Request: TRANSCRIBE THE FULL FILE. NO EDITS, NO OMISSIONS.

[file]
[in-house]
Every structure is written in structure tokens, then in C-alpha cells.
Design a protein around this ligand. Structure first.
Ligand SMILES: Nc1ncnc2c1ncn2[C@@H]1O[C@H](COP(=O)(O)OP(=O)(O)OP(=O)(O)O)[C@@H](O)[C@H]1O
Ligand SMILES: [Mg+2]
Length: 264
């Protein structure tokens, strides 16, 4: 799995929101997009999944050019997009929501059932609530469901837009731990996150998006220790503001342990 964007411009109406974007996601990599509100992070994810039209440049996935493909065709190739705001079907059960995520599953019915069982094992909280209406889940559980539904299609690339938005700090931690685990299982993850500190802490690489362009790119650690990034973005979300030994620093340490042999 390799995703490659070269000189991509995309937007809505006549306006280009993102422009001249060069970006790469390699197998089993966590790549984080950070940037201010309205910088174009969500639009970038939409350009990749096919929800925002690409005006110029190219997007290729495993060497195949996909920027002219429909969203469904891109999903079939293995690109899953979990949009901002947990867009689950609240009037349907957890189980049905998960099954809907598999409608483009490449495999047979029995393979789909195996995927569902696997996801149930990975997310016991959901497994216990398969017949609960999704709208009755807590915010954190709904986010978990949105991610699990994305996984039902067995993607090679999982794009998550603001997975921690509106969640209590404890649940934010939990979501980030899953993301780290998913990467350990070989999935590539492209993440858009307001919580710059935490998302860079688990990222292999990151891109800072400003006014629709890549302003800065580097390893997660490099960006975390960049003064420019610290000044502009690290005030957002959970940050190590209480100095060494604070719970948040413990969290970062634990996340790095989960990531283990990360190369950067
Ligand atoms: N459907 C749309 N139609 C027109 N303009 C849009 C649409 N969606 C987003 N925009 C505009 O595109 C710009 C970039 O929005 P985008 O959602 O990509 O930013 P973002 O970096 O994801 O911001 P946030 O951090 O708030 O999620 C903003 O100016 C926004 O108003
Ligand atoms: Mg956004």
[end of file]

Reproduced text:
[in-house]
Every structure is written in structure tokens, then in C-alpha cells.
Design a protein around this ligand. Structure first.
Ligand SMILES: Nc1ncnc2c1ncn2[C@@H]1O[C@H](COP(=O)(O)OP(=O)(O)OP(=O)(O)O)[C@@H](O)[C@H]1O
Ligand SMILES: [Mg+2]
Length: 264
């Protein structure tokens, strides 16, 4: 799995929101997009999944050019997009929501059932609530469901837009731990996150998006220790503001342990 964007411009109406974007996601990599509100992070994810039209440049996935493909065709190739705001079907059960995520599953019915069982094992909280209406889940559980539904299609690339938005700090931690685990299982993850500190802490690489362009790119650690990034973005979300030994620093340490042999 390799995703490659070269000189991509995309937007809505006549306006280009993102422009001249060069970006790469390699197998089993966590790549984080950070940037201010309205910088174009969500639009970038939409350009990749096919929800925002690409005006110029190219997007290729495993060497195949996909920027002219429909969203469904891109999903079939293995690109899953979990949009901002947990867009689950609240009037349907957890189980049905998960099954809907598999409608483009490449495999047979029995393979789909195996995927569902696997996801149930990975997310016991959901497994216990398969017949609960999704709208009755807590915010954190709904986010978990949105991610699990994305996984039902067995993607090679999982794009998550603001997975921690509106969640209590404890649940934010939990979501980030899953993301780290998913990467350990070989999935590539492209993440858009307001919580710059935490998302860079688990990222292999990151891109800072400003006014629709890549302003800065580097390893997660490099960006975390960049003064420019610290000044502009690290005030957002959970940050190590209480100095060494604070719970948040413990969290970062634990996340790095989960990531283990990360190369950067
Ligand atoms: N459907 C749309 N139609 C027109 N303009 C849009 C649409 N969606 C987003 N925009 C505009 O595109 C710009 C970039 O929005 P985008 O959602 O990509 O930013 P973002 O970096 O994801 O911001 P946030 O951090 O708030 O999620 C903003 O100016 C926004 O108003
Ligand atoms: Mg956004």